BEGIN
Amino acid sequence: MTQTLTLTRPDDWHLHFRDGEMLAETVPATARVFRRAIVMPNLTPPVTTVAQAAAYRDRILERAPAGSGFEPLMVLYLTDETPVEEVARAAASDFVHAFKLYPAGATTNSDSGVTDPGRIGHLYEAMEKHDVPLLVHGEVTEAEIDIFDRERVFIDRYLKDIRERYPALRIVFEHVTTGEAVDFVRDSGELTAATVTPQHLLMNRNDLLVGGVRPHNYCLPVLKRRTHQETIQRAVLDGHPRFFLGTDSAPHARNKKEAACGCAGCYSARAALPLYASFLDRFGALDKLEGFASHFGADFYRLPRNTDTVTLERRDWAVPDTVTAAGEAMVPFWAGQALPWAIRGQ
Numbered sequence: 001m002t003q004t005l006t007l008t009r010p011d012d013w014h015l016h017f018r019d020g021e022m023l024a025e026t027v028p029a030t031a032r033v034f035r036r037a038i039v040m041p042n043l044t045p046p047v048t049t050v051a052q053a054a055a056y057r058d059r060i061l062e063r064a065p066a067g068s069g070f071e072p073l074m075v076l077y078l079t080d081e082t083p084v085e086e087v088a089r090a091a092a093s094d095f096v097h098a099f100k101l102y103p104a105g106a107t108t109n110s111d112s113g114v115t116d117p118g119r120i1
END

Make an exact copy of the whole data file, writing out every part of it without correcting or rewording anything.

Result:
Amino acid sequence: MTQTLTLTRPDDWHLHFRDGEMLAETVPATARVFRRAIVMPNLTPPVTTVAQAAAYRDRILERAPAGSGFEPLMVLYLTDETPVEEVARAAASDFVHAFKLYPAGATTNSDSGVTDPGRIGHLYEAMEKHDVPLLVHGEVTEAEIDIFDRERVFIDRYLKDIRERYPALRIVFEHVTTGEAVDFVRDSGELTAATVTPQHLLMNRNDLLVGGVRPHNYCLPVLKRRTHQETIQRAVLDGHPRFFLGTDSAPHARNKKEAACGCAGCYSARAALPLYASFLDRFGALDKLEGFASHFGADFYRLPRNTDTVTLERRDWAVPDTVTAAGEAMVPFWAGQALPWAIRGQ
Numbered sequence: 001m002t003q004t005l006t007l008t009r010p011d012d013w014h015l016h017f018r019d020g021e022m023l024a025e026t027v028p029a030t031a032r033v034f035r036r037a038i039v040m041p042n043l044t045p046p047v048t049t050v051a052q053a054a055a056y057r058d059r060i061l062e063r064a065p066a067g068s069g070f071e072p073l074m075v076l077y078l079t080d081e082t083p084v085e086e087v088a089r090a091a092a093s094d095f096v097h098a099f100k101l102y103p104a105g106a107t108t109n110s111d112s113g114v115t116d117p118g119r120i1